Periodontal disease was more prevalent in those with CKD than in those without CKD (9.2% vs. 4.8%; p< 0.001).
Chart Explanation: Periodontal disease has been implicated as a novel risk factor for CKD. In 1988-1994, the prevalence of periodontal disease in U.S. adults was 7.6%. Periodontal disease was significantly more prevalent in those with CKD than in those without CKD (9.2% vs. 4.8%; p< 0.001). The median follow-up time was 14 years. The overall prevalence of CKD in the examined population was 12.4%.
The National Health and Nutrition Examination Survey III (NHANES III) is an earlier version of today’s continuous NHANES; this third iteration of the National Health Examination Survey was conducted from 1988-1994. NHANES III focused on oversampling many groups within the U.S. population aged 2 months or older. These oversampled groups included children aged 2 months to 5 years, persons 60 years or older, Mexican-Americans, and non-Hispanic blacks. This survey also concentrated on health and nutrition but additionally began to collect environmental exposure and infectious disease data.
This indicator is based upon analysis in published literature: Ricardo AC, Athavale A, Chen J, et al. Periodontal disease, chronic kidney disease and mortality: results from the third National Health and Nutrition Examination Survey. BMC Nephrol
|Description of Measure||Prevalence of Periodontal Disease |
|Type of Data Source||Public|
|Data Set||NHANES III|
|Health Care System Data||No|
|Regional or National?||National|
|Demographic Group||Noninstitutionalized U.S. residents aged 18 years or older|
|Numerator||NHANES III adults (18 years or older) men and non-pregnant women with periodontal disease who completed a periodontal assessment|
|Denominator||NHANES III adults (18 years or older) men and non-pregnant women without CKD who completed a periodontal assessment|
|Definition of CKD||Estimated glomerular filtration rate (eGFR) < 60 ml/min/1.73 m2, using the CKD epidemiology collaboration (CKD-EPI) equation for creatinine or the presence of urine albumin-tocreatinine ratio (ACR) ≥ 30 mg/g|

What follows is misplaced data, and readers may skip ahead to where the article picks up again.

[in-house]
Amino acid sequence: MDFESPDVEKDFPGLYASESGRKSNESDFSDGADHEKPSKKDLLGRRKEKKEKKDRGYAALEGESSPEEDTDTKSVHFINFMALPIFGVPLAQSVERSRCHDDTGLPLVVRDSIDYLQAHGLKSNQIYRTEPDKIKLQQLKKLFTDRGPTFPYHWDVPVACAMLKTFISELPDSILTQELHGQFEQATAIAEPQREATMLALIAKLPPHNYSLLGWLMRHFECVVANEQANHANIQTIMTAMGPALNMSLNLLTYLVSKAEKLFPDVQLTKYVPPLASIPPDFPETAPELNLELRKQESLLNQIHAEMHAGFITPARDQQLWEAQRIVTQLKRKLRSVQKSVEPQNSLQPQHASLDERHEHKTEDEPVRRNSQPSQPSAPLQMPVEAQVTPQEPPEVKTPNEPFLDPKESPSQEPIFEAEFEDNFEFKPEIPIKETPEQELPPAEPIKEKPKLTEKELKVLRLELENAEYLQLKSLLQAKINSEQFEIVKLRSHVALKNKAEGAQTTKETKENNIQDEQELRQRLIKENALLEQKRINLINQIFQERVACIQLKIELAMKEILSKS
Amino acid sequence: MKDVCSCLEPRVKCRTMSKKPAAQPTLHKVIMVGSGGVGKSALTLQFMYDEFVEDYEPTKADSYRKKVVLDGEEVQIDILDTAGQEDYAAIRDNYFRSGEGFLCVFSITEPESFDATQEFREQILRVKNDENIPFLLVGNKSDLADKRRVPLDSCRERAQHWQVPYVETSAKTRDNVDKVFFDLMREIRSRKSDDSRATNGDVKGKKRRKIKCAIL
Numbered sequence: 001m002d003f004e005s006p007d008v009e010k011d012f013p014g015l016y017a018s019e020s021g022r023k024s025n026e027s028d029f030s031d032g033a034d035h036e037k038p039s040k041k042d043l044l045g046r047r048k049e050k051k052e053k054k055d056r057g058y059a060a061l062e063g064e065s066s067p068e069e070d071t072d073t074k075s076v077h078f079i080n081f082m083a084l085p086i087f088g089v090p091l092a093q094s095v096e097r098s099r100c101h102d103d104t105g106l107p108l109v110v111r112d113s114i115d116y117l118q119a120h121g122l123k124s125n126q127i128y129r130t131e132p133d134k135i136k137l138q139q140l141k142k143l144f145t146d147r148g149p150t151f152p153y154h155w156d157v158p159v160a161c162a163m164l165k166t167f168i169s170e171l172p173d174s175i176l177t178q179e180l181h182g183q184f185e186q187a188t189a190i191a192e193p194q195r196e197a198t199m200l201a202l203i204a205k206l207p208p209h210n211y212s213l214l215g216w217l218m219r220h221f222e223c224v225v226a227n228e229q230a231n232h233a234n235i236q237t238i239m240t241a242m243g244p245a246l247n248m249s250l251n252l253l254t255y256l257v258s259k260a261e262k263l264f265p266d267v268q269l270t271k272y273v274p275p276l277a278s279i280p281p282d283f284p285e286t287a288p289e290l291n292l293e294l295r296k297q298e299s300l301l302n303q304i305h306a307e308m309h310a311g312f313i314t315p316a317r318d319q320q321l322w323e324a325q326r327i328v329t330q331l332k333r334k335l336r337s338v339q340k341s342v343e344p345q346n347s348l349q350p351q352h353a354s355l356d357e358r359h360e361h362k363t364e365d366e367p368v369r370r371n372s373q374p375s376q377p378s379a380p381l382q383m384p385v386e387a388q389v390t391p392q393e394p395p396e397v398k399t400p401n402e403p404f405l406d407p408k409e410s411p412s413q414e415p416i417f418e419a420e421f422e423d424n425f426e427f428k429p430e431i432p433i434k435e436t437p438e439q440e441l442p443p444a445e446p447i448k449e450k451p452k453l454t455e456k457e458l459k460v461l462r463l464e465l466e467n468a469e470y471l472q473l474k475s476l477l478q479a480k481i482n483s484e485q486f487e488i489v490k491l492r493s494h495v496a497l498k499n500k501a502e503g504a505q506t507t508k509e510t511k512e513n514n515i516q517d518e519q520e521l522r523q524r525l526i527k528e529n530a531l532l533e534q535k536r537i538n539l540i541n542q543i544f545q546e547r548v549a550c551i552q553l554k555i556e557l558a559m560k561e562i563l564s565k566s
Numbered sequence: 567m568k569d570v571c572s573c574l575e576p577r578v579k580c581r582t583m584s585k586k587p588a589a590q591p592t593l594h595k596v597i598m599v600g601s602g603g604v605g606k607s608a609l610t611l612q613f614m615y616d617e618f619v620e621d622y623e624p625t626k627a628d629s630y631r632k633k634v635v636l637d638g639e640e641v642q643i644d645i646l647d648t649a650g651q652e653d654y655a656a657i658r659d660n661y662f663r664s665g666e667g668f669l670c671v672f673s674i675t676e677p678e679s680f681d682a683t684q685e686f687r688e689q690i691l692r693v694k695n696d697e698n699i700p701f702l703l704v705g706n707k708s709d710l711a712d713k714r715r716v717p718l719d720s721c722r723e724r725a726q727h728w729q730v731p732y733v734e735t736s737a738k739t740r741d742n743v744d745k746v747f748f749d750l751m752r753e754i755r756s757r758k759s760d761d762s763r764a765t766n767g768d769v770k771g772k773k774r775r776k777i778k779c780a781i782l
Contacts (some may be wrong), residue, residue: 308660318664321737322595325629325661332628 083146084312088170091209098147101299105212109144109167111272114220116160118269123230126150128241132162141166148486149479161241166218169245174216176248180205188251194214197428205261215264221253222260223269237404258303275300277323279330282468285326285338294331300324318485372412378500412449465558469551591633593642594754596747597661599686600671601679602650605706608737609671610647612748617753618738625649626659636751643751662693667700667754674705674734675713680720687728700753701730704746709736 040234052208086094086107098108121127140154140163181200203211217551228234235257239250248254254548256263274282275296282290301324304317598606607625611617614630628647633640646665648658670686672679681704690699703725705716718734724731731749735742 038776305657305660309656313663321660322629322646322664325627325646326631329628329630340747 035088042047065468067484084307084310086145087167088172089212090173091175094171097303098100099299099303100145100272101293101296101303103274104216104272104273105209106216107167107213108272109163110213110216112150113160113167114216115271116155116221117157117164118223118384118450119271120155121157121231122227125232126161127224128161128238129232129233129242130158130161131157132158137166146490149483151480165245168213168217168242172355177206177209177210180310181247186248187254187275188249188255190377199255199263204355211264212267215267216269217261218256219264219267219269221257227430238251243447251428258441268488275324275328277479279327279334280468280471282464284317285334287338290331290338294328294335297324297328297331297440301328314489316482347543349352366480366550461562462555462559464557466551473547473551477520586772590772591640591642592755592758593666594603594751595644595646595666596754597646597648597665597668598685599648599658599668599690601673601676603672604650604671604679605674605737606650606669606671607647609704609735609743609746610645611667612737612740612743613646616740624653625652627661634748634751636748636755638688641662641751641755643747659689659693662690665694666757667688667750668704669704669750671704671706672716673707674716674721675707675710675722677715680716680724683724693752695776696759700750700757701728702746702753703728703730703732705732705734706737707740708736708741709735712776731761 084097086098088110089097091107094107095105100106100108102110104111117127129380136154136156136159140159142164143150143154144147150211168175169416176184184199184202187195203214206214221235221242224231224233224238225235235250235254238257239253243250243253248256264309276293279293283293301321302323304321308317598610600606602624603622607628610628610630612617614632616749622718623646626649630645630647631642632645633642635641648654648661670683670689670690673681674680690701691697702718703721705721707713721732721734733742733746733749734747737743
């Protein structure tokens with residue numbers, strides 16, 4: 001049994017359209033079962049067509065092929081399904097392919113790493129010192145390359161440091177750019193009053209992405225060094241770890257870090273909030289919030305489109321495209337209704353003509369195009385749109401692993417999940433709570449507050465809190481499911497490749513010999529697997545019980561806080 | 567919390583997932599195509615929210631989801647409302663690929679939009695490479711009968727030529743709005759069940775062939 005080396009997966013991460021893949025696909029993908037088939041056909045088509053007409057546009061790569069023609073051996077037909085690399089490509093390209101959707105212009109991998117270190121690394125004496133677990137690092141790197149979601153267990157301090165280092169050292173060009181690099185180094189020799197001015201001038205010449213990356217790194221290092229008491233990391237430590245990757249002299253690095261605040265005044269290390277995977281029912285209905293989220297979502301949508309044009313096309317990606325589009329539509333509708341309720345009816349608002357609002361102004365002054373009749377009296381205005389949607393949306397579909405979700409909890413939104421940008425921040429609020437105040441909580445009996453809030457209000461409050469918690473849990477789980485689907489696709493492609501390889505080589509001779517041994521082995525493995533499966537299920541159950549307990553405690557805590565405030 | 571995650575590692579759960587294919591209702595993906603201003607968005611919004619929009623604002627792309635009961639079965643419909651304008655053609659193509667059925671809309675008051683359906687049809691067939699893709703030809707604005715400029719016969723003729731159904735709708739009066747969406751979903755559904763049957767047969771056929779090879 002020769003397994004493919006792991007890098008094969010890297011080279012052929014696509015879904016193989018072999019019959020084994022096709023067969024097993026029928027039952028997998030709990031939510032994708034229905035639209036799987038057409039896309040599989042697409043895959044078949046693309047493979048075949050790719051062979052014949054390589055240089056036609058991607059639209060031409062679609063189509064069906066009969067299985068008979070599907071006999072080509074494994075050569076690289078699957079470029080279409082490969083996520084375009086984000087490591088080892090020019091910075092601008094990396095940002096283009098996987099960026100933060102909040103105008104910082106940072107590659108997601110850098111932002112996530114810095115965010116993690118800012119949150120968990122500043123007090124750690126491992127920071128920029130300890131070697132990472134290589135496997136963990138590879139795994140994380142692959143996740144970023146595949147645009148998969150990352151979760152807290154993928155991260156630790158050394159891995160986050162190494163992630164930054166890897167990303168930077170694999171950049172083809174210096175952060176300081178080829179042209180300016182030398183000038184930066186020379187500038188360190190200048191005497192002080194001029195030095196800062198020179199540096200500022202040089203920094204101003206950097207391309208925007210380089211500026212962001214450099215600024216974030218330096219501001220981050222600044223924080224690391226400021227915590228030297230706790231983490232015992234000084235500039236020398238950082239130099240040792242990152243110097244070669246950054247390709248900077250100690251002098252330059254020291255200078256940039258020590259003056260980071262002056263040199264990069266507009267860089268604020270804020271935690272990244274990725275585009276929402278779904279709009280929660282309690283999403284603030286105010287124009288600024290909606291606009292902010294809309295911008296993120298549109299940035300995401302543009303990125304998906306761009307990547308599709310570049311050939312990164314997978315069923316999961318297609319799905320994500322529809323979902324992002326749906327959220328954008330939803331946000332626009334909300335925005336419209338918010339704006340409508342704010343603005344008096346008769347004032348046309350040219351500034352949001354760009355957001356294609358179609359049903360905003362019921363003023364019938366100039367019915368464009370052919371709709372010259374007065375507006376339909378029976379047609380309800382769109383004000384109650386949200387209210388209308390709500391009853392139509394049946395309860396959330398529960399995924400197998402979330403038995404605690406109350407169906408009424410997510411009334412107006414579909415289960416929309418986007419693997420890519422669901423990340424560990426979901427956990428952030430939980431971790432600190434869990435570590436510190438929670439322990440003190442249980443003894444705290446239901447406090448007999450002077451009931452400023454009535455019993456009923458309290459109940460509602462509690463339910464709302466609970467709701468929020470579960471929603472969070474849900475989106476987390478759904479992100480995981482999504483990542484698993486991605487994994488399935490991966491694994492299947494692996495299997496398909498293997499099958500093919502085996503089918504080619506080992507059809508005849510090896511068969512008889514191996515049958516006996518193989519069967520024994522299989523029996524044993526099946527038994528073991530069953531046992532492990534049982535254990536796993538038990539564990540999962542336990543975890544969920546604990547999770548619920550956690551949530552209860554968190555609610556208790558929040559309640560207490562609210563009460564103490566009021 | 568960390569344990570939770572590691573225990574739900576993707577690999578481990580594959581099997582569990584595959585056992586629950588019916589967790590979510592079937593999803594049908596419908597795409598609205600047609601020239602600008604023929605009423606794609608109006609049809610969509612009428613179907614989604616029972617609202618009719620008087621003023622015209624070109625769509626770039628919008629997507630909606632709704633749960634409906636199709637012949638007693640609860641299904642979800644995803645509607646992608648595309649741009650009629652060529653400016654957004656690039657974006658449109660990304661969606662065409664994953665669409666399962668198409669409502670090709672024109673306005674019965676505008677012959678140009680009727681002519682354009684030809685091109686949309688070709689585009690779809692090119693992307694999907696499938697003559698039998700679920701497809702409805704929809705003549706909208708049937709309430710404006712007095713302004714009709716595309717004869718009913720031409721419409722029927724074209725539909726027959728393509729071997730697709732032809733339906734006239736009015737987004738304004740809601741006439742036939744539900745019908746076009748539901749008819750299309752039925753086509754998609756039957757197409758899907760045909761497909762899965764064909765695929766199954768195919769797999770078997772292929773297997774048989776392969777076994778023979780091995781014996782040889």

|Primary Data Source Indicator||Prevalence of periodontal disease|
|Primary Indicator Method of Measurement||Periodontal disease was defined based on the Centers for Disease Control and Prevention (CDC) criteria as follows: moderate periodontal disease as at least 2 mesial sites with > 4 mm attachment loss or at least 2 mesial sites with 5 mm pocket depth (not on the same tooth), and severe periodontal disease as at least 2 mesial sites with > 6 mm attachment loss and one or more mesial sites with > 5 mm pocket depth. For the purposes of this study, individuals with either moderate or severe disease were classified as having periodontal disease.|
|Secondary Data Source Indicator||Presence of CKD|
|Secondary Indicator Method of Measurement||Measuring the estimated glomerular filtration rate (eGFR) or measuring the presence of urine albumin-to-creatinine|
|Frequency of Measurement (Primary)||Once (at baseline)|
|U.S. Region Covered by Primary Variable||All|
|Additional Data Items of Interest||Stage of CKD, other stratification variables of interest (race/ethnicity, educational attainment, smoking by self-report, diabetes, BMI, hypertension, CVD by self-report)|
|Limitations of Indicator||Possible misclassification of CKD (CKD was defined in study by single measurement of eGFR and albuminuria); periodontal disease status determined by assessment of only half of the mouth; definition of periodontal disease used might underestimate prevalence; periodontal disease development during follow-up was not taken into consideration|
Appropriate NHANES survey weights must be used for all analyses; creatinine measurements must be calibrated for NHANES III
References and Sources:
Ricardo AC, Athavale A, Chen J, et al. Periodontal disease, chronic kidney disease and mortality: results from the third National Health and Nutrition Examination Survey. BMC Nephrol. 2015;16:97.